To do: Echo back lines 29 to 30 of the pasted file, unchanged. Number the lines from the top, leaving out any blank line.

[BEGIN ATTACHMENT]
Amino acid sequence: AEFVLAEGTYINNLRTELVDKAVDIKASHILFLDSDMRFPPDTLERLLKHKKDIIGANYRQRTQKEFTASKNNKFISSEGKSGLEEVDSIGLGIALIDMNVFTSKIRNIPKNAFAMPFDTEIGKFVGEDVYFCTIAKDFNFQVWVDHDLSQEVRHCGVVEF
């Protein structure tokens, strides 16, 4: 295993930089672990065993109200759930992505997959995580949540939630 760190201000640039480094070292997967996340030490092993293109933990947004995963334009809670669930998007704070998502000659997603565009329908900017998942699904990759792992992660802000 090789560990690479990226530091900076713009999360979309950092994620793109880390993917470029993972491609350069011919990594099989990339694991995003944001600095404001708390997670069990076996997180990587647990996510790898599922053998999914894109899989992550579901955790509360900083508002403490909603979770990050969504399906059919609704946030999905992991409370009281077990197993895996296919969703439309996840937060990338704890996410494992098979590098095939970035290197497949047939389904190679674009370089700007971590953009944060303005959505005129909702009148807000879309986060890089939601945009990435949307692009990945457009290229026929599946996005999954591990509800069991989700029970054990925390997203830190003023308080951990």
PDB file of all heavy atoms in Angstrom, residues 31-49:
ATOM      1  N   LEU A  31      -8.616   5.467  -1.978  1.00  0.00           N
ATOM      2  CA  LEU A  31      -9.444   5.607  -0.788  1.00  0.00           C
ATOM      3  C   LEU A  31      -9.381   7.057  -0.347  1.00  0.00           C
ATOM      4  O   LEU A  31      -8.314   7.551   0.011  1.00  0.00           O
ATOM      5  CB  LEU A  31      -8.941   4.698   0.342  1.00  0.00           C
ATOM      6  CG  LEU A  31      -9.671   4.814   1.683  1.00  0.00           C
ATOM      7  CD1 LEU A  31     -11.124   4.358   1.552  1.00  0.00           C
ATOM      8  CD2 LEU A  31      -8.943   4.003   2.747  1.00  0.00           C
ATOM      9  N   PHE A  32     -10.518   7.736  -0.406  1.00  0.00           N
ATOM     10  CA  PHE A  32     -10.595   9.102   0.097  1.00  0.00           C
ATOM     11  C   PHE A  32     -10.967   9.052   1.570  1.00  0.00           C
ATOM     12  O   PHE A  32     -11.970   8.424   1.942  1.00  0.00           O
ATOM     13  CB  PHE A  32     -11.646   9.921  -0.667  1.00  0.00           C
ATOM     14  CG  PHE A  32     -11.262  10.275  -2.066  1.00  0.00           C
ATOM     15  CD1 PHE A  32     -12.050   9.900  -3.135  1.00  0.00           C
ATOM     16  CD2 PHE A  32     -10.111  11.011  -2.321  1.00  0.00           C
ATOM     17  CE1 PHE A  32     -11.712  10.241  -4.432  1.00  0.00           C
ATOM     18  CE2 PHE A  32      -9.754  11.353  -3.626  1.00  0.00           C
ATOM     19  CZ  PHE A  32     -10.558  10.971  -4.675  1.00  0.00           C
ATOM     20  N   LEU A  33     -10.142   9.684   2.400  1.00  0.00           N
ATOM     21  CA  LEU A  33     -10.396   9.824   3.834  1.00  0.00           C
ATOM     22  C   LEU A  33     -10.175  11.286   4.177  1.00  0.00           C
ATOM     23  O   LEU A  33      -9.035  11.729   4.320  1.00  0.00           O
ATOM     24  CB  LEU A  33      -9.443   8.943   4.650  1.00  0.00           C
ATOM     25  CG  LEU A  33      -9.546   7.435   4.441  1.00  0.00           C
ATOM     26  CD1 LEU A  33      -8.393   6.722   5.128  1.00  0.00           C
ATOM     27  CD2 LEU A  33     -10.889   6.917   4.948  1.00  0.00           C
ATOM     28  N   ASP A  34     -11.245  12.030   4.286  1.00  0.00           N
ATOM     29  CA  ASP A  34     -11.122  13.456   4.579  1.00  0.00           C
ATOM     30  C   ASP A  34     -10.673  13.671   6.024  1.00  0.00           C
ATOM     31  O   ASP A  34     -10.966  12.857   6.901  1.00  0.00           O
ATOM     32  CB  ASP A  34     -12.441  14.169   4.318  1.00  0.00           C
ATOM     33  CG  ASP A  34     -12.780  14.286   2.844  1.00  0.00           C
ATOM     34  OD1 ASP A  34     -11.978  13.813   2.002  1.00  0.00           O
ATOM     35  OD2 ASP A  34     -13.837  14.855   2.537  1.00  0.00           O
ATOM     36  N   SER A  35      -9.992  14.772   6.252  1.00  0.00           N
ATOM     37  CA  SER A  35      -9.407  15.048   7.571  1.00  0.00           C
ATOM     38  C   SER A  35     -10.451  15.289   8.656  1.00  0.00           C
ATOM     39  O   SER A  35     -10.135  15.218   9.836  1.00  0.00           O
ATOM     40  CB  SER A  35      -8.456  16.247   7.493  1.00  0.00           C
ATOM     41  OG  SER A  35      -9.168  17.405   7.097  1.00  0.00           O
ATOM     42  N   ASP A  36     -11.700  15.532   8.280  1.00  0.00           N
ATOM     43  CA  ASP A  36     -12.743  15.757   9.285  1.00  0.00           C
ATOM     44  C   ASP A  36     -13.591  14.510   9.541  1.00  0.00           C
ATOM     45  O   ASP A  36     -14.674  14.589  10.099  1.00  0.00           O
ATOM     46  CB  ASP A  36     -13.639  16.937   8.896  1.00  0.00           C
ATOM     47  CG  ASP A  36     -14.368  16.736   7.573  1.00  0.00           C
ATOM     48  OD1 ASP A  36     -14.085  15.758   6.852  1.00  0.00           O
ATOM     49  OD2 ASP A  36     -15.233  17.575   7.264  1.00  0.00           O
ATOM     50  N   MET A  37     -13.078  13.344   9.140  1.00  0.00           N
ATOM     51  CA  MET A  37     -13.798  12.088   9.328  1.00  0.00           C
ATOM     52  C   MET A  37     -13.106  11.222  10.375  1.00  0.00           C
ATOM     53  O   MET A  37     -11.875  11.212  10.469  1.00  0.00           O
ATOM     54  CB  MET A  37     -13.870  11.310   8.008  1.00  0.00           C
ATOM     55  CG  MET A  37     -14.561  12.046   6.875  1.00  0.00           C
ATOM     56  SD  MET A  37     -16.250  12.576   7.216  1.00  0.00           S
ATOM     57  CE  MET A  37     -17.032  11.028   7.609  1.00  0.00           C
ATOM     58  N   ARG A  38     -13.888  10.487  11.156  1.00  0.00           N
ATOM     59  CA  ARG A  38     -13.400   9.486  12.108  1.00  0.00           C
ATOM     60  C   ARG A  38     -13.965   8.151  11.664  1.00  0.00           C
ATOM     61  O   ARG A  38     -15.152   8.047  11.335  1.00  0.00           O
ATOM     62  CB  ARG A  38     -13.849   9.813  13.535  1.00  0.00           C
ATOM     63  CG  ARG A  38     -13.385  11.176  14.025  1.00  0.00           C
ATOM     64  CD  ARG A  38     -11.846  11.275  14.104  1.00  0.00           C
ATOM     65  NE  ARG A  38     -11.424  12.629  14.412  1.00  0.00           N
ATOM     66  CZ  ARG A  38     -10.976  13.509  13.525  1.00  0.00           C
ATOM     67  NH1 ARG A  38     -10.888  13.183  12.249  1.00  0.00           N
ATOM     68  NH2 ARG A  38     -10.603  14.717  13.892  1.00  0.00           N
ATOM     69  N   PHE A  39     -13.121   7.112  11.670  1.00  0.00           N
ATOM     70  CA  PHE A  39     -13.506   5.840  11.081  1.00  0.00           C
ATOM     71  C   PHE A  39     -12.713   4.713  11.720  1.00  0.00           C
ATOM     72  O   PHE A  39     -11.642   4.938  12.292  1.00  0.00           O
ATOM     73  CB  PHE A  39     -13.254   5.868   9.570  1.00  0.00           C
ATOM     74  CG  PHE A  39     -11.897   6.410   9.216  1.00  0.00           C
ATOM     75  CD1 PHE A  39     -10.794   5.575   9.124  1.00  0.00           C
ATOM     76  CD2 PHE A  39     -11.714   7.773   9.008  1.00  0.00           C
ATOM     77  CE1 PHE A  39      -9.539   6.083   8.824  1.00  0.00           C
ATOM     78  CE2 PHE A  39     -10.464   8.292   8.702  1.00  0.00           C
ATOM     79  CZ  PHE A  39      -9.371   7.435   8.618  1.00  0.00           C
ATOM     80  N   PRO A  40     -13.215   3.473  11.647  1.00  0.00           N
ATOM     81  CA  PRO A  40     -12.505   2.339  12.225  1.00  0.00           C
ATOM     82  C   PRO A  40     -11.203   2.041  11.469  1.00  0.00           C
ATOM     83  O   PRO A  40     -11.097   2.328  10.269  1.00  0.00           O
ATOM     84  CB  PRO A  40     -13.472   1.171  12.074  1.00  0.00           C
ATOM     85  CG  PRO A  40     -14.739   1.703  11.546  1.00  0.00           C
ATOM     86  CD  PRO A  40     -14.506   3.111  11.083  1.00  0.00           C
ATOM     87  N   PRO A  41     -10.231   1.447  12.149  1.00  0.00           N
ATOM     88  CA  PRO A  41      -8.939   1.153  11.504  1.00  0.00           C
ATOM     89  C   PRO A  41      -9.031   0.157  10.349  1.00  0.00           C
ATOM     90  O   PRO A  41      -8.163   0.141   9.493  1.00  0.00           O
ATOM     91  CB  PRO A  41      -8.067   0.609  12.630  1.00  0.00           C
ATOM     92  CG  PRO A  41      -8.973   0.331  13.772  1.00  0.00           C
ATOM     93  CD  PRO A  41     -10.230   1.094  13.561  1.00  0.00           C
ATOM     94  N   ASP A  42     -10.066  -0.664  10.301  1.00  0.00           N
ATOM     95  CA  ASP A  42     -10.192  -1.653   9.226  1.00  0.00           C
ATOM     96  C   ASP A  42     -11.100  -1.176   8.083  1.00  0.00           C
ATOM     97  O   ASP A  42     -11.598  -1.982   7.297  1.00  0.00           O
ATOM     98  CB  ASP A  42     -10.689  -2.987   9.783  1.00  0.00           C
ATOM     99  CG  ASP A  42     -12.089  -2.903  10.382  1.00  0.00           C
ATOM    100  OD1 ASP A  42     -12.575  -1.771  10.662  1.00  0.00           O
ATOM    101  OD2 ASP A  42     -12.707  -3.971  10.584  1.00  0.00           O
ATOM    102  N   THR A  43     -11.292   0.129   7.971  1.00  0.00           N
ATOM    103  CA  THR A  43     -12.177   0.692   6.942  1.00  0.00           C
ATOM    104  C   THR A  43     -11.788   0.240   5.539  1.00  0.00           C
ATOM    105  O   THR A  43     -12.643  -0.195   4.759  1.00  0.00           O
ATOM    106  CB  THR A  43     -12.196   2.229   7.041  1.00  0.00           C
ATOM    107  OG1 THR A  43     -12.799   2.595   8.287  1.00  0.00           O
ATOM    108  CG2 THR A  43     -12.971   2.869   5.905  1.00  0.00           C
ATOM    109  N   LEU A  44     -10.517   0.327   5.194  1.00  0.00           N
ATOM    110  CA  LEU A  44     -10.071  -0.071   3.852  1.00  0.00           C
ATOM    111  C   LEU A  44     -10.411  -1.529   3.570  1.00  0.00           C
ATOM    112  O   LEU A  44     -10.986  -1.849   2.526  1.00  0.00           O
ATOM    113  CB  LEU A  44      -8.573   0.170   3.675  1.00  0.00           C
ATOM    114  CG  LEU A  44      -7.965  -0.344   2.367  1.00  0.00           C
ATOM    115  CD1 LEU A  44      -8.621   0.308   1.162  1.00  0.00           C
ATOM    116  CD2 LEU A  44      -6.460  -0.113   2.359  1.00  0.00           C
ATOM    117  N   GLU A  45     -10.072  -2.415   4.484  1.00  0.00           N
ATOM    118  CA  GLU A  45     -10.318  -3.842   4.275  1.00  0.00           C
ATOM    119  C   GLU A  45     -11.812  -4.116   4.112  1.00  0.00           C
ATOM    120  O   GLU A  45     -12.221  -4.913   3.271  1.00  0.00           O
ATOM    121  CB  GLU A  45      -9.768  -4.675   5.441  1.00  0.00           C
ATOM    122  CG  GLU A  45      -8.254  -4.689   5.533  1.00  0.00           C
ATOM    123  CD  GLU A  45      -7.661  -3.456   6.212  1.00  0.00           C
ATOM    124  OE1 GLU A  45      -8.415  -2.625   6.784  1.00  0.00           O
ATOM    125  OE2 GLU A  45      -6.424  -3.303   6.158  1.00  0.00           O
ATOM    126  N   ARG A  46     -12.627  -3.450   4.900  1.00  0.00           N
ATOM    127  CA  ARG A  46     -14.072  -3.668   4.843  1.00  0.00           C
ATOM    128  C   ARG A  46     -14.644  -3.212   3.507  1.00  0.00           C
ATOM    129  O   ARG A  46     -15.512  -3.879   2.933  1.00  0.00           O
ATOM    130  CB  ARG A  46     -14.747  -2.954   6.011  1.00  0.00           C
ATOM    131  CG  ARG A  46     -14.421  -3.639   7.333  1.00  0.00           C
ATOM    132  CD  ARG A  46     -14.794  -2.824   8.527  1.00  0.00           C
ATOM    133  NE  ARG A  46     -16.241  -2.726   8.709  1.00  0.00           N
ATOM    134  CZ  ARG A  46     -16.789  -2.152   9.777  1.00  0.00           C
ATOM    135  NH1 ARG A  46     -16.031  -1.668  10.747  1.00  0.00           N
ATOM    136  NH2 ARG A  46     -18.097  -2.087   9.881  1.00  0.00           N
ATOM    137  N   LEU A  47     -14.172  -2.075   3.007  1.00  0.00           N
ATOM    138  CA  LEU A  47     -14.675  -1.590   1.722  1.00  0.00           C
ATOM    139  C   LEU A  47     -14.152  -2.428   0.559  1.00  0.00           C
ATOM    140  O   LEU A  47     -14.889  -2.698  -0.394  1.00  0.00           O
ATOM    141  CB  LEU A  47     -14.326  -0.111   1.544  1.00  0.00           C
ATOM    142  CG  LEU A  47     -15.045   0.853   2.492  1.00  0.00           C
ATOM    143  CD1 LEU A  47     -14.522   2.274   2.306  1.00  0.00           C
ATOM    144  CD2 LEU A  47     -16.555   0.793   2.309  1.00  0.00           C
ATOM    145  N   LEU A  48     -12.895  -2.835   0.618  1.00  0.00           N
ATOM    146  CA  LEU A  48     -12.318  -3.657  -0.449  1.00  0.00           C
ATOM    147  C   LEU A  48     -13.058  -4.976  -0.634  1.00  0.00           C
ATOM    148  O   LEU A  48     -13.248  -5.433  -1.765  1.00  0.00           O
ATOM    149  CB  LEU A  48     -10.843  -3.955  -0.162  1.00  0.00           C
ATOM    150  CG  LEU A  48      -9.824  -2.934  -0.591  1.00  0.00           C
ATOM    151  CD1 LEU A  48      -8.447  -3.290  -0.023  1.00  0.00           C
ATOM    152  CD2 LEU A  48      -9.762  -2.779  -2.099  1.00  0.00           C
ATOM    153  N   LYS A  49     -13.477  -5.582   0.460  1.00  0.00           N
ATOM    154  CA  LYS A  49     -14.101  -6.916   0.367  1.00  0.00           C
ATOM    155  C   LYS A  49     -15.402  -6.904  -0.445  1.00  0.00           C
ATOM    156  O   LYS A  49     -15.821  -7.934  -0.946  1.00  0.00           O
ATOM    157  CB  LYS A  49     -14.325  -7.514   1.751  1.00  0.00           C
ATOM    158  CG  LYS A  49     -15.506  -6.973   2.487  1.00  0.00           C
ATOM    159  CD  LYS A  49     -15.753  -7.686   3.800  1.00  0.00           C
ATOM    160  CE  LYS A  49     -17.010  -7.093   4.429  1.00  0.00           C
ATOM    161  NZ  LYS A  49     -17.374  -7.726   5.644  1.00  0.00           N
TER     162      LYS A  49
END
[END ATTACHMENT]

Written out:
ATOM     26  CD1 LEU A  33      -8.393   6.722   5.128  1.00  0.00           C
ATOM     27  CD2 LEU A  33     -10.889   6.917   4.948  1.00  0.00           C